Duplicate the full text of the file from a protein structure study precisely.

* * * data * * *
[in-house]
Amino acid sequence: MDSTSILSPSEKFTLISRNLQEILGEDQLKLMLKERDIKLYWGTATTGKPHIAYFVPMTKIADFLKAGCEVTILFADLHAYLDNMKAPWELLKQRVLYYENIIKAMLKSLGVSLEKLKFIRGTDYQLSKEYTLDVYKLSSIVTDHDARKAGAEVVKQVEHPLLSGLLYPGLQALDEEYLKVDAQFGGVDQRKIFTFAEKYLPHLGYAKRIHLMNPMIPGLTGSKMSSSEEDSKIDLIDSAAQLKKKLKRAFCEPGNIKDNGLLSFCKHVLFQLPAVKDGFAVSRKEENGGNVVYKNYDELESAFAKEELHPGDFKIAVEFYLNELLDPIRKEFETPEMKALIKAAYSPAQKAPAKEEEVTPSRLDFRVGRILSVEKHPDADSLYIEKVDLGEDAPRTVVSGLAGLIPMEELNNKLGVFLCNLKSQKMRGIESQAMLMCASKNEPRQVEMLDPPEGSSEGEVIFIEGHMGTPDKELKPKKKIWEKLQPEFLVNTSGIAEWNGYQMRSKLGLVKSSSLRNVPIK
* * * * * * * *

[in-house]
Amino acid sequence: MDSTSILSPSEKFTLISRNLQEILGEDQLKLMLKERDIKLYWGTATTGKPHIAYFVPMTKIADFLKAGCEVTILFADLHAYLDNMKAPWELLKQRVLYYENIIKAMLKSLGVSLEKLKFIRGTDYQLSKEYTLDVYKLSSIVTDHDARKAGAEVVKQVEHPLLSGLLYPGLQALDEEYLKVDAQFGGVDQRKIFTFAEKYLPHLGYAKRIHLMNPMIPGLTGSKMSSSEEDSKIDLIDSAAQLKKKLKRAFCEPGNIKDNGLLSFCKHVLFQLPAVKDGFAVSRKEENGGNVVYKNYDELESAFAKEELHPGDFKIAVEFYLNELLDPIRKEFETPEMKALIKAAYSPAQKAPAKEEEVTPSRLDFRVGRILSVEKHPDADSLYIEKVDLGEDAPRTVVSGLAGLIPMEELNNKLGVFLCNLKSQKMRGIESQAMLMCASKNEPRQVEMLDPPEGSSEGEVIFIEGHMGTPDKELKPKKKIWEKLQPEFLVNTSGIAEWNGYQMRSKLGLVKSSSLRNVPIK